12.4.2 Diseases that may be transmitted from milk cows
Bovine tuberculosis (bovine TB) is a very common infection of cattle. It is caused by the bacterium Mycobacterium bovis. Infection may be acquired by drinking raw milk from a cow that has bovine TB. The disease may reach the milk by contamination with faeces or from the coughs of infected cows. Diseased humans can also contaminate the milk during handling. Milk, therefore, should always be pasteurised or sterilised before drinking. Raw milk is the usual cause of the forms of human TB that affect parts of the body other than the lungs.
Brucellosis is an infectious disease characterised by a high fever. It is caused by bacteria belonging to the Brucella genus, mostly Brucella melitensis (a disease of goats) and also Brucella abortus (a disease of cattle) and Brucella suis (a disease of pigs). It occurs mostly as a result of ingestion of contaminated milk and dairy products (such as cheese) from animals infected with Brucella. Brucellosis can also be transmitted by blood, urine or tissues of sick animals, so good hygiene must be maintained at all times around animals.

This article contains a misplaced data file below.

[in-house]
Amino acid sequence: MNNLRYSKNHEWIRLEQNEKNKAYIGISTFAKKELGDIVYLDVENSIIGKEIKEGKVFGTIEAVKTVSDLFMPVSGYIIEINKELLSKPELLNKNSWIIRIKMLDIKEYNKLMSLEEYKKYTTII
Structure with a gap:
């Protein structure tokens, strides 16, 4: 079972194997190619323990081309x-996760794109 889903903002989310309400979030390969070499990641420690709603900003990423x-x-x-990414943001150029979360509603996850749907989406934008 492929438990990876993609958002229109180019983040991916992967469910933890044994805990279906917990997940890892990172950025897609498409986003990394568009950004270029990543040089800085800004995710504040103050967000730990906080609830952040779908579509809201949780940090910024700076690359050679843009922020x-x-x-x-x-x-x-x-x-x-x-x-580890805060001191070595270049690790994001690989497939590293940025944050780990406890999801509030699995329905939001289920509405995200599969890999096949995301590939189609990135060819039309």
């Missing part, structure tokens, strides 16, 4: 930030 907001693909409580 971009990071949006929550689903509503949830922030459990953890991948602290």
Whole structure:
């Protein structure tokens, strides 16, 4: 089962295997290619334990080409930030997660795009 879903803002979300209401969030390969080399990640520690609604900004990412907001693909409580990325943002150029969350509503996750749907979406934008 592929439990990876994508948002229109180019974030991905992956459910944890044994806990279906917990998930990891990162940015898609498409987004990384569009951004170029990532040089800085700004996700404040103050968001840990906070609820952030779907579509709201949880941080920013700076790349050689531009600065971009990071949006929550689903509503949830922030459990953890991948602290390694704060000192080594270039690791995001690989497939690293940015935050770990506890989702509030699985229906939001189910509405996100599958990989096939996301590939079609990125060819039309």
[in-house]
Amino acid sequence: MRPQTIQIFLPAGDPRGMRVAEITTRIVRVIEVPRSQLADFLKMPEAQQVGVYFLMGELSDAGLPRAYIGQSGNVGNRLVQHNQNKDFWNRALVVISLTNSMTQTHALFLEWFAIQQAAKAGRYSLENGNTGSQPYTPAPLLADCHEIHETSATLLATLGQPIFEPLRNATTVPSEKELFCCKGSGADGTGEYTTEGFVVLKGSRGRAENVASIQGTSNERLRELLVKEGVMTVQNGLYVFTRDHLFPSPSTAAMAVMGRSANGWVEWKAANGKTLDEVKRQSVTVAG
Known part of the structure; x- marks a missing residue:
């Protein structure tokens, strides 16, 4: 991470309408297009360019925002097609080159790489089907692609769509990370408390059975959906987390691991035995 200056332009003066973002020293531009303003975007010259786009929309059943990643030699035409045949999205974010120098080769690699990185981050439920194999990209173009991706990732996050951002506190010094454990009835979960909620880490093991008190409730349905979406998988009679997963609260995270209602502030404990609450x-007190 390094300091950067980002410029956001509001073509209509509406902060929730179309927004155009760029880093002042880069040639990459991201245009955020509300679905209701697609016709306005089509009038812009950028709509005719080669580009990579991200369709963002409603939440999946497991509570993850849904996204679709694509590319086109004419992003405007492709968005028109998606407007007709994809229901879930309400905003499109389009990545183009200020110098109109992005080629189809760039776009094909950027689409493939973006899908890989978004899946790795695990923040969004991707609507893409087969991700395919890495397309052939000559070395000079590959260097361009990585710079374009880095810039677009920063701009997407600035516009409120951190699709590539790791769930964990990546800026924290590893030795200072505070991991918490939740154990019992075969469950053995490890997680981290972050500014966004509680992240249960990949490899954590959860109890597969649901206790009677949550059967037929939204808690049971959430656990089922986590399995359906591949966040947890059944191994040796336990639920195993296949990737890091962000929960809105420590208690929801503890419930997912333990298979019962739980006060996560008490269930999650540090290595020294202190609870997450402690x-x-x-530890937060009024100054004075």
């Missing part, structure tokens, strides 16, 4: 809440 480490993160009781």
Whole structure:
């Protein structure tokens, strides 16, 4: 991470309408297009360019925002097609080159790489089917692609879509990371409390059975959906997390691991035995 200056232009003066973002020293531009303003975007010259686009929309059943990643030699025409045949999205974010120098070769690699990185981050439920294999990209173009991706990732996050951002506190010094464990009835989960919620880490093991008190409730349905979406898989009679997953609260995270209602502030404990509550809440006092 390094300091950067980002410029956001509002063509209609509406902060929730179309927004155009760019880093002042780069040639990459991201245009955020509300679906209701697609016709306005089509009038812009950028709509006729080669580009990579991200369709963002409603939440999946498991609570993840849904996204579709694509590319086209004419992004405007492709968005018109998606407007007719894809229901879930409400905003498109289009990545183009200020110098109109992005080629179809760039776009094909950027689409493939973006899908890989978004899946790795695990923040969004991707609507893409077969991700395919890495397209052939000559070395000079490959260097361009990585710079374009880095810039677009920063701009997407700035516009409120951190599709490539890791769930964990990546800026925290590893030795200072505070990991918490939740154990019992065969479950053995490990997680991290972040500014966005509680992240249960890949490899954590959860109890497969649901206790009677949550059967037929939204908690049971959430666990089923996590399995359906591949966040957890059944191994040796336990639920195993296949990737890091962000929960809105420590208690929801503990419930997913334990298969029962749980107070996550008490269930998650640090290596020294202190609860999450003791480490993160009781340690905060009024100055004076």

Q fever is an infection caused by the bacteria Coxiella burnetii (formerly Rickettsia burnetii). Its name derives from the time when the cause of the fever was unknown – the ‘Q’ stands for ‘query’. Only one bacterium is needed to cause the Q fever infection! The disease is transmitted through drinking the raw milk of infected cattle, goat or sheep, and it can also be transmitted in airborne droplets.
As you read earlier, anthrax is usually caused by spores of the bacterium Bacillus anthracis. The spores can remain in soil and dust for a long time and they can infect milk. The spores usually reach the milk via infected blood contaminating the milk, or by dust from the animal’s coat or the environment.